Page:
Kat Reply:

The DEH website doesn’t give you that option because the ability to view and pay electric bills online does not exist. These are advanced concepts in Greece, where only last year the phone company finally gave us the opportunity to view e-statements, and in February (a few months ago) offered the option to pay online.

Only 19 percent of households in Greece have Internet access and, of those, approximately 1 million people trust and use online transactions. The majority of 11 million people still pay cash.

The only thing you can do to pay bills while abroad is set up phone banking or e-banking through a DEH-approved bank. Using this method you can see how much the bill was, but not see details.

  charles wrote @ June 24th, 2011 at 19:22

I think the DEH unions are sick lazy bastards. Instead of hitting the public, coffee shops and other small businesses, they should be hitting the Politicians in THEIR homes between 3 and 7 pm, Parliament, all homes in Kifisia!!!!

The workers are not making themselves popular and in fact if I had any say in the matter, I would make 50% of all DEH workers redundant.

  george wrote @ July 13th, 2011 at 05:32

my son is visiting greece and wants to stay at his grandmother’s unit for 2 weeks. problem is there is no electricity in the unit and his grandmother is overseas. can he connect the electricity or will he have problems to do it? thank you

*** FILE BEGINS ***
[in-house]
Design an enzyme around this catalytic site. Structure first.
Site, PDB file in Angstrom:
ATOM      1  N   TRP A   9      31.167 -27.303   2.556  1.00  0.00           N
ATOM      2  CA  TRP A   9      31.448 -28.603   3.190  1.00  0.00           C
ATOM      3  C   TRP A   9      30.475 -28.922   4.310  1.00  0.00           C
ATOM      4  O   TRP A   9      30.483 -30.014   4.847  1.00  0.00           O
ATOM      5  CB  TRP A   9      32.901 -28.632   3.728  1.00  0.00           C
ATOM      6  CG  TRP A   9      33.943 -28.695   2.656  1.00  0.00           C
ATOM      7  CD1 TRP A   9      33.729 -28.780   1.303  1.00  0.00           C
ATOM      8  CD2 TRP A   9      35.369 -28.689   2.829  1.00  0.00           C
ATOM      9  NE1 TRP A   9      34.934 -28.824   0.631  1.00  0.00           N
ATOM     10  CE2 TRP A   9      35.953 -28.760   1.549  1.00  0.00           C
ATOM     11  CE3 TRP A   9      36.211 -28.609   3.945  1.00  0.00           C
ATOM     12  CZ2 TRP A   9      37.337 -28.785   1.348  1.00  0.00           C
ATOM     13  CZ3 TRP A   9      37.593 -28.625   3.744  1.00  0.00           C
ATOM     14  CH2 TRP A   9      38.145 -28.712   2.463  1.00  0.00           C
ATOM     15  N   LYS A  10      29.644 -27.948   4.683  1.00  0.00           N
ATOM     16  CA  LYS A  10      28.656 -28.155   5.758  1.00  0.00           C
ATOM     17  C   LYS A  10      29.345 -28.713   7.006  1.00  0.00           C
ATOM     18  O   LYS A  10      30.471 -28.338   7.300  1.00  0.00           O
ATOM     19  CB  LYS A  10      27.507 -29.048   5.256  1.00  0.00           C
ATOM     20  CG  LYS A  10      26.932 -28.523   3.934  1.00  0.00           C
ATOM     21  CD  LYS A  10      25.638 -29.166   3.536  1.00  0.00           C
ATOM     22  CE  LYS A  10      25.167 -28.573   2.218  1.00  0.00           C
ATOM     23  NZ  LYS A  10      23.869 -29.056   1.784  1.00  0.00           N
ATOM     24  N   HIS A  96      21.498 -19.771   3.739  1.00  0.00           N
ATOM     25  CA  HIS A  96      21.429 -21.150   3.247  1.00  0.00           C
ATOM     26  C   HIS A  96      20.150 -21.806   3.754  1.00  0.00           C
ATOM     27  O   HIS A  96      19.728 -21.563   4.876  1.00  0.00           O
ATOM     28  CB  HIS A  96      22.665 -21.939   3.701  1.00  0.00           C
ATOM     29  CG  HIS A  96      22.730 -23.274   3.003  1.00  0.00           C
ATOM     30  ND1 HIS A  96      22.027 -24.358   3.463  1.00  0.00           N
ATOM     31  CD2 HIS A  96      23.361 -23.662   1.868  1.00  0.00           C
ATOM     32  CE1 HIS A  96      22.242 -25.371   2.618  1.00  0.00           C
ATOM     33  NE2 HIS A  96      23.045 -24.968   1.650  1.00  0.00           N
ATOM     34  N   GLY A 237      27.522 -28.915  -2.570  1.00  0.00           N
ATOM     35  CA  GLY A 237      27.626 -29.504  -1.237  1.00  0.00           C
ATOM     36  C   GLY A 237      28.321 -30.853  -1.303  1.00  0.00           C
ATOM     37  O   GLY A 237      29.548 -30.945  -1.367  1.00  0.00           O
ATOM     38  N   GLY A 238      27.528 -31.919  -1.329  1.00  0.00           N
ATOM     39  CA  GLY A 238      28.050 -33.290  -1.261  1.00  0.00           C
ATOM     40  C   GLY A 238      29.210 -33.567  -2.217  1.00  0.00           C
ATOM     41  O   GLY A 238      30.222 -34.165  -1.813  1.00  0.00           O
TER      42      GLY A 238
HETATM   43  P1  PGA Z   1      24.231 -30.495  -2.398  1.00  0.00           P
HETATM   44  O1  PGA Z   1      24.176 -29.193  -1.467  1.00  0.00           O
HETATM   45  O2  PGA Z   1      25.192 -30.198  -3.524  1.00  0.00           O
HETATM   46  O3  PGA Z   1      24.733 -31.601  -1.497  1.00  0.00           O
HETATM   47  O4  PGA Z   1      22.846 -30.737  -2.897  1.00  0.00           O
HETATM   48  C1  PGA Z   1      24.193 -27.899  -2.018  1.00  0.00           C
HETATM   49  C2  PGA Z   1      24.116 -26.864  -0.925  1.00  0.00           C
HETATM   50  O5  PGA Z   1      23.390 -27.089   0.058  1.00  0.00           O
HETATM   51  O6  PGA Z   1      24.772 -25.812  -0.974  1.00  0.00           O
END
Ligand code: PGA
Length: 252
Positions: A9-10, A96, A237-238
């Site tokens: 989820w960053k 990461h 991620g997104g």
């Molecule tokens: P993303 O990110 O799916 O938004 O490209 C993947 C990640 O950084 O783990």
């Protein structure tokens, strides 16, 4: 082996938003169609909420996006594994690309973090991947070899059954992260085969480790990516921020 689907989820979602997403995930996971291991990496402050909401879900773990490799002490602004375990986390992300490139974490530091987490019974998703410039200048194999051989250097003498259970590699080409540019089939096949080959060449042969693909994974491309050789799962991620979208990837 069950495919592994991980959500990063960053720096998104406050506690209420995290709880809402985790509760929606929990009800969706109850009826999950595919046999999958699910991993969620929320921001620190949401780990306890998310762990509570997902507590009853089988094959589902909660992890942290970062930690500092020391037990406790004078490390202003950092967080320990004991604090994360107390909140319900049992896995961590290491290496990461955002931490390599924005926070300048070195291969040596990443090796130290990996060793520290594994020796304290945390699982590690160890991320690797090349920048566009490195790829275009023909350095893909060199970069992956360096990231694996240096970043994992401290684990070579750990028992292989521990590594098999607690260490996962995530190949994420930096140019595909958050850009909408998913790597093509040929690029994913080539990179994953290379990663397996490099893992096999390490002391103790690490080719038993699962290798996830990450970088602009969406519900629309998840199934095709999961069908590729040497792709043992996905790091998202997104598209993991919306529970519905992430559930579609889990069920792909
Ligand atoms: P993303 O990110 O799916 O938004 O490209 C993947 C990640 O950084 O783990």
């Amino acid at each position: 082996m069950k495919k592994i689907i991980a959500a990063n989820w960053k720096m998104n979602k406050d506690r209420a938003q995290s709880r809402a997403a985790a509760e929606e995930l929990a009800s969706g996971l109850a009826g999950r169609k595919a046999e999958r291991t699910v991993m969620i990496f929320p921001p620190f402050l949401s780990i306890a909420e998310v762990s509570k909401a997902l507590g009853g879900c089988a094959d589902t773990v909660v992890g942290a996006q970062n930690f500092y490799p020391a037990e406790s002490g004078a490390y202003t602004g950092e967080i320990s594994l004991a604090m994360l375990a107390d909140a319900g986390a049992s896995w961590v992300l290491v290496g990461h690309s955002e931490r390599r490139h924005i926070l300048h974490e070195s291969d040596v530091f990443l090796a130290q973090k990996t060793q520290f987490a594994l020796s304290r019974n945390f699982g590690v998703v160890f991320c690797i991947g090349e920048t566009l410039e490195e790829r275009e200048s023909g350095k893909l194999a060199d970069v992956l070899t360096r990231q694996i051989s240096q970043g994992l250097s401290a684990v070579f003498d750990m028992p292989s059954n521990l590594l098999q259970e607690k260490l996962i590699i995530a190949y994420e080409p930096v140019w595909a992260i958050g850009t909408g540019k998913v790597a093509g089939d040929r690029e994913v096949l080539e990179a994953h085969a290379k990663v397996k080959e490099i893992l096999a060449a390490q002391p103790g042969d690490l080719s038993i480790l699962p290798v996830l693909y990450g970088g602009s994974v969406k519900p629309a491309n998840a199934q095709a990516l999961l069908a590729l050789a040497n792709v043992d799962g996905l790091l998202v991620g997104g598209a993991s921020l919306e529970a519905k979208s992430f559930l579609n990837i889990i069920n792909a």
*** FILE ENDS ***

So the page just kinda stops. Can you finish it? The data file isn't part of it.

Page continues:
ps he is due there in 2days

Kat Reply:

From first-hand experience and knowledge, DEH rules say that the only people authorized to connect/disconnect power are the persons named on the bill or persons named and authorized by the account holder via certified dilosi. See, “How to certify a dilosi in Greece.” The exception is if you are changing the bill to your name, in which case you need to show a lease stamped by the Greek tax office or another utility bill in your name at that address. Anyone can pay the bill, which is why many electric bills go for years without changing names even as tenants change.

If DEH is strict, your son will need to wait until his grandmother comes back. If they see he has the same family name and empathize with his situation after he explains it calmly and politely, they may offer him an alternative and/or allow him to reconnect electricity, which will involve putting down a deposit. There’s no way to know what will happen.

  Wendy wrote @ July 15th, 2011 at 15:54